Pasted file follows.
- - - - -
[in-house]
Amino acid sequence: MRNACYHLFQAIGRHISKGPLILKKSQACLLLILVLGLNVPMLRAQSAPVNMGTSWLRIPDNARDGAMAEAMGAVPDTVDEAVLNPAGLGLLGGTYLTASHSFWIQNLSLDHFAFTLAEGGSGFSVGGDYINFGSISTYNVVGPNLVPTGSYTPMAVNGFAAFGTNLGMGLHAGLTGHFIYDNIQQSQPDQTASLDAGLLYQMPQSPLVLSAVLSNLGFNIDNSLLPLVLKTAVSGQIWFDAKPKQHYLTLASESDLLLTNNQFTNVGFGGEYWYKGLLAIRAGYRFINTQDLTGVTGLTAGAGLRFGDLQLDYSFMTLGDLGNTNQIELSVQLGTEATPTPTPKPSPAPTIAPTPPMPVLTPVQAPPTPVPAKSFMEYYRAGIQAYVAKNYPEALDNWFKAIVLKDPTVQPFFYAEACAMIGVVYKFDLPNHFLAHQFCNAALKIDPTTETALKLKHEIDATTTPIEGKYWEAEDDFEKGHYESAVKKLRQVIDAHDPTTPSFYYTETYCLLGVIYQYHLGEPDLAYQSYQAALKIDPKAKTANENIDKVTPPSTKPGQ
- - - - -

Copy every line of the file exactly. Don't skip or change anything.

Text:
[in-house]
Amino acid sequence: MRNACYHLFQAIGRHISKGPLILKKSQACLLLILVLGLNVPMLRAQSAPVNMGTSWLRIPDNARDGAMAEAMGAVPDTVDEAVLNPAGLGLLGGTYLTASHSFWIQNLSLDHFAFTLAEGGSGFSVGGDYINFGSISTYNVVGPNLVPTGSYTPMAVNGFAAFGTNLGMGLHAGLTGHFIYDNIQQSQPDQTASLDAGLLYQMPQSPLVLSAVLSNLGFNIDNSLLPLVLKTAVSGQIWFDAKPKQHYLTLASESDLLLTNNQFTNVGFGGEYWYKGLLAIRAGYRFINTQDLTGVTGLTAGAGLRFGDLQLDYSFMTLGDLGNTNQIELSVQLGTEATPTPTPKPSPAPTIAPTPPMPVLTPVQAPPTPVPAKSFMEYYRAGIQAYVAKNYPEALDNWFKAIVLKDPTVQPFFYAEACAMIGVVYKFDLPNHFLAHQFCNAALKIDPTTETALKLKHEIDATTTPIEGKYWEAEDDFEKGHYESAVKKLRQVIDAHDPTTPSFYYTETYCLLGVIYQYHLGEPDLAYQSYQAALKIDPKAKTANENIDKVTPPSTKPGQ